Editorial

Maharaja takes off

| Updated on October 10, 2021

Air India’s privatisation takes a big load off the govt and signifies its commitment to reforms

The strategic sale of Air India to the Tatas by the Centre is a watershed moment that is significant for many reasons. First, it breaks the jinx on strategic sales of PSUs after almost two decades — the NDA government headed by Atal Bihari Vajpayee was the last one to privatise a PSU. Second, it gets a demon off the back of the Narendra Modi government, one which was draining resources and taking the attention of bureaucrats and ministers away from other important issues in the civil aviation industry. Third, it is a clear signal of the commitment of this government to reforms — Air India was a litmus test given the complexities involved in its sell-off such as the huge pile of debt, the massive accumulated losses, powerful employee unions and the sorry state of the airline industry globally, post-Covid. The transaction required careful, meticulous planning and untangling of crossed wires. The successful privatisation should give a leg-up to the strategic sale process of other, less complex PSUs.

The Centre has set two notable benchmarks in the Air India transaction. First, enterprise valuation has been used to arrive at the bid value. This is the norm in M&A deals. Second, the non-core assets of the company are not part of the sale; they have been hived off to a special purpose vehicle, along with a part of the debt. Air India owns valuable real estate in Mumbai, Delhi and other cities and it would have become a point of controversy had these been transferred to the buyer along with the core assets. The Centre seems to have learnt from the privatisation of VSNL and Hindustan Teleprinters two decades ago. Though it is richer by just ₹2,700 crore in cash, the Centre is now absolved from the responsibility of constantly pumping in cash into Air India. Second, the bureaucracy can now focus on larger policy issues that plague the airline industry without worrying about running an airline. The privatisation should be seen from this prism.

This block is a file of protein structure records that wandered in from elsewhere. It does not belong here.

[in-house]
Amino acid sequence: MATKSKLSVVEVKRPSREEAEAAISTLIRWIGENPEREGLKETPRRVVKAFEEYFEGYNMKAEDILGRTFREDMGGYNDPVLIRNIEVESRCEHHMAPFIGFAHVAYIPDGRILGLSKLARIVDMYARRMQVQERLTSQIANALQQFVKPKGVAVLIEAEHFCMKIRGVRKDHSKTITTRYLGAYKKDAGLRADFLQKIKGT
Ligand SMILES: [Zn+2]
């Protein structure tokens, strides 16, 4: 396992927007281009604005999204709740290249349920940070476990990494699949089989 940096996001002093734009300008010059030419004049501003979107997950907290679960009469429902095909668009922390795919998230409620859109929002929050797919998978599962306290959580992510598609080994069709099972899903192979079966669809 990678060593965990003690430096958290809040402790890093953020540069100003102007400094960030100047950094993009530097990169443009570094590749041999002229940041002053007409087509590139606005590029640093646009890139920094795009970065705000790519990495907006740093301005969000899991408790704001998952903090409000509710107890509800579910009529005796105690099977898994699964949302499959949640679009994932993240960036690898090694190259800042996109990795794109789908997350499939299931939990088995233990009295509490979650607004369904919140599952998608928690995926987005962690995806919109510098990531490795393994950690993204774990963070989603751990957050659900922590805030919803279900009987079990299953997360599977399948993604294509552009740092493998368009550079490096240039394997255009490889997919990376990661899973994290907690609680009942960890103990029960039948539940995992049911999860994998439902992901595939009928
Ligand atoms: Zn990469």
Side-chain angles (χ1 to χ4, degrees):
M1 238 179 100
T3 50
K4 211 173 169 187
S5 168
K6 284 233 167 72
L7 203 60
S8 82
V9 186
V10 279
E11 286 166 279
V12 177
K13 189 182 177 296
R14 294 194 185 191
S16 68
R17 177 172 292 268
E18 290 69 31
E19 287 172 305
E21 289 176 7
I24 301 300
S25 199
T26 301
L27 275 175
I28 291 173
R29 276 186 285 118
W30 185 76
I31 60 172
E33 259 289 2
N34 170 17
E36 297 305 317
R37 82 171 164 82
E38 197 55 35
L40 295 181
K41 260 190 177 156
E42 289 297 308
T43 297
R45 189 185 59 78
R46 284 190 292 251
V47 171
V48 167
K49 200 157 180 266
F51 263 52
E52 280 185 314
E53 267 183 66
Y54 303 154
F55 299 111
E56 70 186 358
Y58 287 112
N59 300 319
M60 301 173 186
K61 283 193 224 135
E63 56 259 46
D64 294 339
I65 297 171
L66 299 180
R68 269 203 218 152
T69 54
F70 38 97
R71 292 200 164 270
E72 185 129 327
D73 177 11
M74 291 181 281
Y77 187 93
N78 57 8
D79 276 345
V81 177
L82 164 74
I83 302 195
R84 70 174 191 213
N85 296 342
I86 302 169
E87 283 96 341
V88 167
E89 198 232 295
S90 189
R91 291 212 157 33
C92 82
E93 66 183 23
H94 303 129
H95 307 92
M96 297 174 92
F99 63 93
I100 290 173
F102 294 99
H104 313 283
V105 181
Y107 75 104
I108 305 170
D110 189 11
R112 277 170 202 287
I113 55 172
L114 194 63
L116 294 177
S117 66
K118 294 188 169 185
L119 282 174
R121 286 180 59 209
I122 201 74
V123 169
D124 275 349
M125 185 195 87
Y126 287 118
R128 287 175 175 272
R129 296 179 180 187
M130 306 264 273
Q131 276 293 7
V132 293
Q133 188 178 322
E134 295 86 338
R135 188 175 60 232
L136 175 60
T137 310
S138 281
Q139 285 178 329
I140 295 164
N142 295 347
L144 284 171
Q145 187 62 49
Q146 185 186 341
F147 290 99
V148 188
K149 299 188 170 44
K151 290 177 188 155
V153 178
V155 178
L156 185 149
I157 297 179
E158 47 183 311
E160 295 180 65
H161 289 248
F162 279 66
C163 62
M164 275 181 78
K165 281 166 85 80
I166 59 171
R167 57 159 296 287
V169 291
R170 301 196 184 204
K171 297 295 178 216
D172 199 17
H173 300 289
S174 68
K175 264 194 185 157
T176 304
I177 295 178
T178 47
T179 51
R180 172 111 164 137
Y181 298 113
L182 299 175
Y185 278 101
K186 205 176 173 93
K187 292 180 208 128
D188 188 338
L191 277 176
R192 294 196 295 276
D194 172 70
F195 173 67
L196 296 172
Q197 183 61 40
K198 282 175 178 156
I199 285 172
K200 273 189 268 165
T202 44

It must be a mixed sentiment at Bombay House. The Tatas are obviously thrilled that their family heirloom is back. There is a tremendous sentimentality associated with Air India for the Tatas given that it was originally Tata Airlines. The happiness, however, is obviously tempered with the realisation that they now have the onerous task of turning around the airline. Air India, despite its fall in recent years, still enjoys tremendous brand equity and owns prized assets in the form of landing slots in marquee airports across the world and flying rights on some of the most sought-after routes. It’s technical resources and staff are highly valued though the fleet itself may need modernisation. But the airline also comes with accumulated losses of about ₹70,000 crore apart from the ₹15,300 crore debt transferred in the sale. The Tatas will need to keep investing in the airline and also find a way to harmonise its functioning with their other two airline ventures. The challenge is real but if anyone can pull it off, it is the Tatas.

Published on October 10, 2021

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